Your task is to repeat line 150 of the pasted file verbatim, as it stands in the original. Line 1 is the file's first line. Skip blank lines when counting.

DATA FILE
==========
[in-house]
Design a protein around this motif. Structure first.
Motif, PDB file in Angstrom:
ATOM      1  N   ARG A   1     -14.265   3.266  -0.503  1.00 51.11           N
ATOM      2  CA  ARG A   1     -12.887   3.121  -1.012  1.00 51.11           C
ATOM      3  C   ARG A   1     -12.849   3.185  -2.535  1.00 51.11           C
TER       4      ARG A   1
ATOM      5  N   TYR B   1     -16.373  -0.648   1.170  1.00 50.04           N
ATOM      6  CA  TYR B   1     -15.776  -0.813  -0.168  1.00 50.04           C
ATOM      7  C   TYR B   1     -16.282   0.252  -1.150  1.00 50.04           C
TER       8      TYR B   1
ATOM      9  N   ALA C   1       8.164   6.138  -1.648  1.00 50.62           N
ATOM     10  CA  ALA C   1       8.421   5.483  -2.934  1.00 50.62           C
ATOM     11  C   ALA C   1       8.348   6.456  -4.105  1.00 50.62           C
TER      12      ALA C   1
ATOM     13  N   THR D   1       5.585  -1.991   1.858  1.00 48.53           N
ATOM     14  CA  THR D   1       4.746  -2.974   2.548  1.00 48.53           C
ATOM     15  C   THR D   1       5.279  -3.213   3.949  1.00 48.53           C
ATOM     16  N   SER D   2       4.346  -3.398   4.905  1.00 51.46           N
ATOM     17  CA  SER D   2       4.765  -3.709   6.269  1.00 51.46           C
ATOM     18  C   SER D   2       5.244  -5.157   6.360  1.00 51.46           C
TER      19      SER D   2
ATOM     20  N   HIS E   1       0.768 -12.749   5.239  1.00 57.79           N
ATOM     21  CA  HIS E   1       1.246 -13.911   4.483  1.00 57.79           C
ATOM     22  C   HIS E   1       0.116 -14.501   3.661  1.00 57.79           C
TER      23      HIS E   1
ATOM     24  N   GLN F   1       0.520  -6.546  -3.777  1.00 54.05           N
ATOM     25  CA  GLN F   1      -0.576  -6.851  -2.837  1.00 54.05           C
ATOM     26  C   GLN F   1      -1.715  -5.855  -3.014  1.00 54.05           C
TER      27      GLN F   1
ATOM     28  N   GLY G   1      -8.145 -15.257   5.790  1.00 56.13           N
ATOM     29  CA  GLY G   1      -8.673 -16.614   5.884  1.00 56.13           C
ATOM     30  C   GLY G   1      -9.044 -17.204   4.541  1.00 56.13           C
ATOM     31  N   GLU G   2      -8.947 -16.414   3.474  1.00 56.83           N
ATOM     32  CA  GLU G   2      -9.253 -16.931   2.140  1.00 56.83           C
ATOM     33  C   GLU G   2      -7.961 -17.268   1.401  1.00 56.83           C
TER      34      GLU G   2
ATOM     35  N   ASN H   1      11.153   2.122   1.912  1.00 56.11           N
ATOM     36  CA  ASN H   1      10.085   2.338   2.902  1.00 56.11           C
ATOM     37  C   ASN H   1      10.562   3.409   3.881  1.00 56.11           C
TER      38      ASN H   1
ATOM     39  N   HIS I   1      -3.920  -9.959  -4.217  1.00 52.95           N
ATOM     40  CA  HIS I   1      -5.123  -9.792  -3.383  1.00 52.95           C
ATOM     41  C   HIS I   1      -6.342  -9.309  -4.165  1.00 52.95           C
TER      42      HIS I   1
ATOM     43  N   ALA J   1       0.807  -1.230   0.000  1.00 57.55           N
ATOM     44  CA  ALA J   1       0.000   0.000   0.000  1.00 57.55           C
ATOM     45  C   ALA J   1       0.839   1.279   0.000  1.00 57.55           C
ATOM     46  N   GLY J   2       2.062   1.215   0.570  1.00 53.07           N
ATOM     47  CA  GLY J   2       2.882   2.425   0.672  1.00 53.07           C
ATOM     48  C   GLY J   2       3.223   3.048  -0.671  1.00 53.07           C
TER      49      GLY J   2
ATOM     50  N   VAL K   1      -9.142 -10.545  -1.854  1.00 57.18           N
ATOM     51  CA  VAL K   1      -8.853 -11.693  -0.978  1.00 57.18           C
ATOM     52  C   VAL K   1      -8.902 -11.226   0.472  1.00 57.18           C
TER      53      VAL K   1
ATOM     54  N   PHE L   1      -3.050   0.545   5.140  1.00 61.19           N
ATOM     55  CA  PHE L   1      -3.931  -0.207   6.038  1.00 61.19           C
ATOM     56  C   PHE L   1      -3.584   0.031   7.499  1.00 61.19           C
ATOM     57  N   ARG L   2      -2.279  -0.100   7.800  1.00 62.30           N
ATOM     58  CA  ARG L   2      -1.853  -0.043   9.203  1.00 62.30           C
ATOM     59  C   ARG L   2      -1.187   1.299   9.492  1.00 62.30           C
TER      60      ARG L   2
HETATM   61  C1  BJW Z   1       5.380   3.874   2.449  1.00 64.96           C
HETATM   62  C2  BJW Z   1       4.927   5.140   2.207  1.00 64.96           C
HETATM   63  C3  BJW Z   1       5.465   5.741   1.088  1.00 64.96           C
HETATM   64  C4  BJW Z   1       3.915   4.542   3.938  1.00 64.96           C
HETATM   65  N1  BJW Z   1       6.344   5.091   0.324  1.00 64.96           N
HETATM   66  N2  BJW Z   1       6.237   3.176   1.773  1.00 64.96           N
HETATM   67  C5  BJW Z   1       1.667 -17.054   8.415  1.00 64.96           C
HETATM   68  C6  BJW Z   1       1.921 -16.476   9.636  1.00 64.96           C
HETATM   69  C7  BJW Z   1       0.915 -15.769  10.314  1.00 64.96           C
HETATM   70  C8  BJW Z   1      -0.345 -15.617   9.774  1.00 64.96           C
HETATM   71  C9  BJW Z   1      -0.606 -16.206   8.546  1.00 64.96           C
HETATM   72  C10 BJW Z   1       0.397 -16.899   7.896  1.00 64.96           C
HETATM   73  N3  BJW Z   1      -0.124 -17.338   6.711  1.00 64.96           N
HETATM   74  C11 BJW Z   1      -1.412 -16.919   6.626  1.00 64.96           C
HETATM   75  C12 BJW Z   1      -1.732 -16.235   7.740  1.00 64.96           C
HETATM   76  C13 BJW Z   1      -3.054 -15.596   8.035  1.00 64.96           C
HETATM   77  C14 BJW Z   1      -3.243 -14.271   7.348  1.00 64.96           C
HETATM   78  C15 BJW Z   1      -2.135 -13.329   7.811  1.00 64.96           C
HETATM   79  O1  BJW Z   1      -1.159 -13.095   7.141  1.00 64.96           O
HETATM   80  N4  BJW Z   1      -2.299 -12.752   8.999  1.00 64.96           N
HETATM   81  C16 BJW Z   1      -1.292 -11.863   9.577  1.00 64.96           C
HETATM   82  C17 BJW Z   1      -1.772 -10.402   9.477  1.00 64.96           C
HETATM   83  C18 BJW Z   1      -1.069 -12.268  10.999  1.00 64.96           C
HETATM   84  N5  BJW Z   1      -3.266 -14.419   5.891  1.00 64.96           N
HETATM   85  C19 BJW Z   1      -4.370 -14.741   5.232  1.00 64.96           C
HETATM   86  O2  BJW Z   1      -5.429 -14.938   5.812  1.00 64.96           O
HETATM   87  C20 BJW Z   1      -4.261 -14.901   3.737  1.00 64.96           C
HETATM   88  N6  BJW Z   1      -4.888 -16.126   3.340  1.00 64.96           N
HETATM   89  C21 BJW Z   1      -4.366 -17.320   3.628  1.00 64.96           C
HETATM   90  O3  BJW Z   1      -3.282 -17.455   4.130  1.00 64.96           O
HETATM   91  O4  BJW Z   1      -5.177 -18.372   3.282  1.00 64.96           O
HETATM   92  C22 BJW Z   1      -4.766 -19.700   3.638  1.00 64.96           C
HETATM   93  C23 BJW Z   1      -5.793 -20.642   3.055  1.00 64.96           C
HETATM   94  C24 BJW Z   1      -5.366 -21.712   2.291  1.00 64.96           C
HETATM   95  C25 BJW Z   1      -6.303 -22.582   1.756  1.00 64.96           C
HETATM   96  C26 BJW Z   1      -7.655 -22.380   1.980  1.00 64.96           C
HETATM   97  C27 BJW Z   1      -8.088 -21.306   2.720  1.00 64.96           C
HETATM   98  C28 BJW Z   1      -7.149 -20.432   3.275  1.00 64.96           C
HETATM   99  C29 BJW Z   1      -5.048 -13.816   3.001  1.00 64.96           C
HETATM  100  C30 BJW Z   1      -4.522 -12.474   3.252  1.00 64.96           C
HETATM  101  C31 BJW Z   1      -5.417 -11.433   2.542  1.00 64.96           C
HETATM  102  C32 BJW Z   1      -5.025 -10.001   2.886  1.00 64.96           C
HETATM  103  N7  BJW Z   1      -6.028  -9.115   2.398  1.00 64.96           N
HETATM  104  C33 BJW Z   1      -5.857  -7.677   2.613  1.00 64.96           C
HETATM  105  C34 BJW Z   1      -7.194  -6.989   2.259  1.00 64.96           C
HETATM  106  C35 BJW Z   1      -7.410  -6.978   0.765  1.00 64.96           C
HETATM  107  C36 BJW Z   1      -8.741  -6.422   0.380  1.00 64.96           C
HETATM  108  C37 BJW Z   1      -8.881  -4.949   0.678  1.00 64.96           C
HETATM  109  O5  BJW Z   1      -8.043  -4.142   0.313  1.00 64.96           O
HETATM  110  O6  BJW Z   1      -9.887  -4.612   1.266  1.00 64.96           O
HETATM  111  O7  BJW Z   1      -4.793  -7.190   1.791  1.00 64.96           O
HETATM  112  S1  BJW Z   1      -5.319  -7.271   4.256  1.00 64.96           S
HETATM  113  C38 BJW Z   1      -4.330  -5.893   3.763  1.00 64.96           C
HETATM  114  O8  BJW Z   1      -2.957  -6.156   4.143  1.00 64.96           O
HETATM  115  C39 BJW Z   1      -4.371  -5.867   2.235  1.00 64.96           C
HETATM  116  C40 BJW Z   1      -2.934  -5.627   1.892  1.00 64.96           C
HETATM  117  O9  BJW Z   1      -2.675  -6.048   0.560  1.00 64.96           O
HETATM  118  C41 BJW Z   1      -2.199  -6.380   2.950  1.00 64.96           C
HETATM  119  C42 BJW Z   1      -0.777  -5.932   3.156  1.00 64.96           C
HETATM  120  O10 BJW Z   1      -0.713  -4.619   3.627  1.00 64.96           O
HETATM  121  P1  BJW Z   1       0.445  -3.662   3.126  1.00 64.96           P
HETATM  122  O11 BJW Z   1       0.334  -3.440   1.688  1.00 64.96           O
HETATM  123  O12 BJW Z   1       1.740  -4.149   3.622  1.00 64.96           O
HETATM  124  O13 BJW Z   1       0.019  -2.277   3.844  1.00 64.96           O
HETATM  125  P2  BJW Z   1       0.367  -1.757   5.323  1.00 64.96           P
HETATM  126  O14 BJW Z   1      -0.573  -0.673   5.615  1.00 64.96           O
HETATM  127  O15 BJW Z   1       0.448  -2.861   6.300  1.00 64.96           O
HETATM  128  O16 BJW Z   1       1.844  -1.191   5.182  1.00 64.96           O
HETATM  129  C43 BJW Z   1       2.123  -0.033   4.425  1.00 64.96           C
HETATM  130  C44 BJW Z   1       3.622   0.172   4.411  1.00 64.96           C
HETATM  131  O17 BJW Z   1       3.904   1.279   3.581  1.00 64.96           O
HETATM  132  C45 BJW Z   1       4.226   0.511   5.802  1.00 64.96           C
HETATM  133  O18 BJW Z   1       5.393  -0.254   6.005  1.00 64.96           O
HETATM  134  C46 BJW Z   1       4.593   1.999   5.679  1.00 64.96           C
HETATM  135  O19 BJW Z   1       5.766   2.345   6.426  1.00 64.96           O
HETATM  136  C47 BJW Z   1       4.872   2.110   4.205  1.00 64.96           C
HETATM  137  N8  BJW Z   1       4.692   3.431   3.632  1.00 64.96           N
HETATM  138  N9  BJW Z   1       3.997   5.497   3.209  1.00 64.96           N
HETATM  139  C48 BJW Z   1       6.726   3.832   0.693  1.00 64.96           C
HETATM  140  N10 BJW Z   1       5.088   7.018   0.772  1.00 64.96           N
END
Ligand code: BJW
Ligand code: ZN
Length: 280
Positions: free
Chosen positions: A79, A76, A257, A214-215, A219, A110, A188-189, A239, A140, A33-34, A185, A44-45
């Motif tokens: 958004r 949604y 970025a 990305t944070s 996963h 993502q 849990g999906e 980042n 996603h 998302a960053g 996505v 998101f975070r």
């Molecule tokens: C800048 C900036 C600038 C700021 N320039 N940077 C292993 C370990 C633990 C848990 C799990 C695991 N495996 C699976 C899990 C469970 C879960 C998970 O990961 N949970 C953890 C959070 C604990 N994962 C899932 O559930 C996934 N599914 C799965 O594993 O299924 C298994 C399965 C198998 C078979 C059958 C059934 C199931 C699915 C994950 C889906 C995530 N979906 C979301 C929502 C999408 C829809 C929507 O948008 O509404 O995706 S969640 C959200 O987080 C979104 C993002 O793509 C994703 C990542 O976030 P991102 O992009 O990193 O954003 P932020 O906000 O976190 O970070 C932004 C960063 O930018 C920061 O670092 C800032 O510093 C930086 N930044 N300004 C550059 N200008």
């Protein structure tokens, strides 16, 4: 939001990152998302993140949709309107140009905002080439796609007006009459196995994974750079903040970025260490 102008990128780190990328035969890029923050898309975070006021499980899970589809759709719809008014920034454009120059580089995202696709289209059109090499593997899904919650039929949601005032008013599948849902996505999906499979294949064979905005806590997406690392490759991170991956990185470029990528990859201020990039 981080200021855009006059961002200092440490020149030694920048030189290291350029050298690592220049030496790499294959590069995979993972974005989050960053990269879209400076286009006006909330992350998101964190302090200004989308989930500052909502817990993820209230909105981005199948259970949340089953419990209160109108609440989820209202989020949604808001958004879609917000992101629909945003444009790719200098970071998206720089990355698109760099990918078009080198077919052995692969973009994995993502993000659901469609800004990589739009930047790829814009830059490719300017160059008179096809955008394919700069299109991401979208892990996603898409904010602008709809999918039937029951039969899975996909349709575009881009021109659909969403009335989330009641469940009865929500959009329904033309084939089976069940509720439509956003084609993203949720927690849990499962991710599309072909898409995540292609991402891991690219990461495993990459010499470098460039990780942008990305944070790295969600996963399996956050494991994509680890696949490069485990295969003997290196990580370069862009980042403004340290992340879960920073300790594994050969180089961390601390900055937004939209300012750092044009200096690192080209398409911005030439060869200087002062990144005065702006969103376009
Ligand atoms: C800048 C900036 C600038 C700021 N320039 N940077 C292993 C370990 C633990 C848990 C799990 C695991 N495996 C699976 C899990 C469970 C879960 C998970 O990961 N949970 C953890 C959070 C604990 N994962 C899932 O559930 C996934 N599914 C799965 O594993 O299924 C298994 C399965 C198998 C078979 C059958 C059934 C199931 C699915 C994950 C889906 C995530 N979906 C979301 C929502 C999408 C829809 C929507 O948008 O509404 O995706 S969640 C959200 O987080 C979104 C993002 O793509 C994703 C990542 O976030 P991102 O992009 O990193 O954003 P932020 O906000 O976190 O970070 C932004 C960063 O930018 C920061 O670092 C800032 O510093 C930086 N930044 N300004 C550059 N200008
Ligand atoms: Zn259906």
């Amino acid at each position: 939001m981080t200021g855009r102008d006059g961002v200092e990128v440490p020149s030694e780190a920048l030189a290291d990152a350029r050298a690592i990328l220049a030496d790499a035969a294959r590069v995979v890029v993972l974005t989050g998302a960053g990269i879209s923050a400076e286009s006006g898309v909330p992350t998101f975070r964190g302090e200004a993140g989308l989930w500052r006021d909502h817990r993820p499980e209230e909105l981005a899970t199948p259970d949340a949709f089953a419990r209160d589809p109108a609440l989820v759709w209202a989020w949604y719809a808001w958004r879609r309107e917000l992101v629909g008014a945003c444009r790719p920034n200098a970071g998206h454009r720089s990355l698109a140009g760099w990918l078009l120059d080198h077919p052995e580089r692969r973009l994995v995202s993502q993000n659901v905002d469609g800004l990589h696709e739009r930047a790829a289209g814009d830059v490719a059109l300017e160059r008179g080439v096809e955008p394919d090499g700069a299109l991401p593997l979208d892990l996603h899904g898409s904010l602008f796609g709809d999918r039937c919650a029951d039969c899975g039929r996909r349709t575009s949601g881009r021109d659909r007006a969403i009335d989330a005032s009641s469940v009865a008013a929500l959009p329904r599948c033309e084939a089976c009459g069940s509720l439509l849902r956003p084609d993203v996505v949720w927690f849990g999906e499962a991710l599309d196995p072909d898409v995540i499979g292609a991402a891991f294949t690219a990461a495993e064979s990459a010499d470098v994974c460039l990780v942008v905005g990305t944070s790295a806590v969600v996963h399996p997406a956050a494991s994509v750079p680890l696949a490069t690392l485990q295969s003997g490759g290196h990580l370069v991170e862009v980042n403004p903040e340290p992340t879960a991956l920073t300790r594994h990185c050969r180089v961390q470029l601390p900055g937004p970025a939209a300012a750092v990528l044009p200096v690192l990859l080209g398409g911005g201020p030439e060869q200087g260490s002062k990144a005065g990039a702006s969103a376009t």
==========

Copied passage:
């Motif tokens: 958004r 949604y 970025a 990305t944070s 996963h 993502q 849990g999906e 980042n 996603h 998302a960053g 996505v 998101f975070r």